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Physics - Single Slit Diffraction

  1. Nov 28, 2011 #1
    Hi Guys, my textbook mentioned that how the equation for the minima for single slit diffraction was derived:

    Consider a slit of width W with 2 light rays, one emitting from the edge, one emitting from the center. Their path difference is W/2 sin T . If the path difference is 1/2 lambda, then they will experience destructive interference. Same can be said for light rays spaced apart by W/3, W/4, so on. Hence the general equation for the minima, W sin T = m (lambda).

    This is perfectly reasonable. However, I say:

    Consider 2 light rays emitting from the single slit at each edge. Path difference will be W sin T. If W sin T were an integral multiple of wavelength, there should be constructive interference. So W sin T = m lambda can be the equation for constructive interference too.

    Why is it that light rays spaced apart by the entire width of the slit aren't counted?
  2. jcsd
  3. Nov 28, 2011 #2


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    A less cheating derivation would take the interference between all pairs of rays into account. Usually this is done using Huygen's construction, eg. eq 7.2 in http://phyweb.phys.soton.ac.uk/quantum/lectures/waves7.pdf [Broken] has an integral over the entire slit width.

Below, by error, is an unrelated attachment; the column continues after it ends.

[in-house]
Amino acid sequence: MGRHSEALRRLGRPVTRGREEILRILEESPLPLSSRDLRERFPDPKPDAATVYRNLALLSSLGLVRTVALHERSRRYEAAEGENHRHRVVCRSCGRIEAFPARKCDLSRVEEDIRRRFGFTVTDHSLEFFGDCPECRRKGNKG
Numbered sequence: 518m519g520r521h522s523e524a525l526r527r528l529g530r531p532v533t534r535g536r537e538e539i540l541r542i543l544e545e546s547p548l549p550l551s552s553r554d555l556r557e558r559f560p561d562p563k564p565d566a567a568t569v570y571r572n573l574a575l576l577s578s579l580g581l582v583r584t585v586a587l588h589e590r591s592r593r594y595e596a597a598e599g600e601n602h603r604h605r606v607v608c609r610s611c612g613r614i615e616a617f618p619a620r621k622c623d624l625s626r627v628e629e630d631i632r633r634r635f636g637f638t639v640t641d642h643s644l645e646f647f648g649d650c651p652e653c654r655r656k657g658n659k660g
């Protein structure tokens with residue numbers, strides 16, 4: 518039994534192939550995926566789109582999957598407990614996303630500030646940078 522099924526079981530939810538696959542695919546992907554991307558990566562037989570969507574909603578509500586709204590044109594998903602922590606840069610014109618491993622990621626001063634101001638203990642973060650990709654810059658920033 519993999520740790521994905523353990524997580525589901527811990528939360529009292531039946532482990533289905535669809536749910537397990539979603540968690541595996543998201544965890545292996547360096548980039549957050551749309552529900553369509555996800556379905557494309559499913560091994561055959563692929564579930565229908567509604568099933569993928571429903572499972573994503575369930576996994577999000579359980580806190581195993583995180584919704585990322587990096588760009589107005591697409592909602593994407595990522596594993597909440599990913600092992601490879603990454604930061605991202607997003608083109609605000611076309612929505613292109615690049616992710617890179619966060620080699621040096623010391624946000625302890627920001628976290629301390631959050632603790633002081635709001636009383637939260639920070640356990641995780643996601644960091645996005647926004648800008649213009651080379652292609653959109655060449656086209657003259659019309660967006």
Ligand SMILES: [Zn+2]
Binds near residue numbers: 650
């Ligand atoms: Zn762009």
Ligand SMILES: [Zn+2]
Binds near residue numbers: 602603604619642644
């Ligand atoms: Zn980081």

Last edited by a moderator: May 5, 2017
  4. Nov 28, 2011 #3


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    In other words, if the positions across the slit are x=0 through x=W, then the rays coming from x=0 and x=w/2 interfere destructively. So do the rays coming from x=d and x=w/2+d where d is a small increment. So do the rays coming form x=2d and x=w/2+2d. Etcetera. The rays coming from all positions across the slit can be put into pairs like this, each with the path difference (w/2)sin(theta). Each pair cancels destructively, so the net result is complete destructive interference.

    Because there is only one such pair of light rays. None of the other light rays emerging from the slit can be put into such a pair, that cancels destructively.
  5. Nov 28, 2011 #4
    Thanks for the advice.
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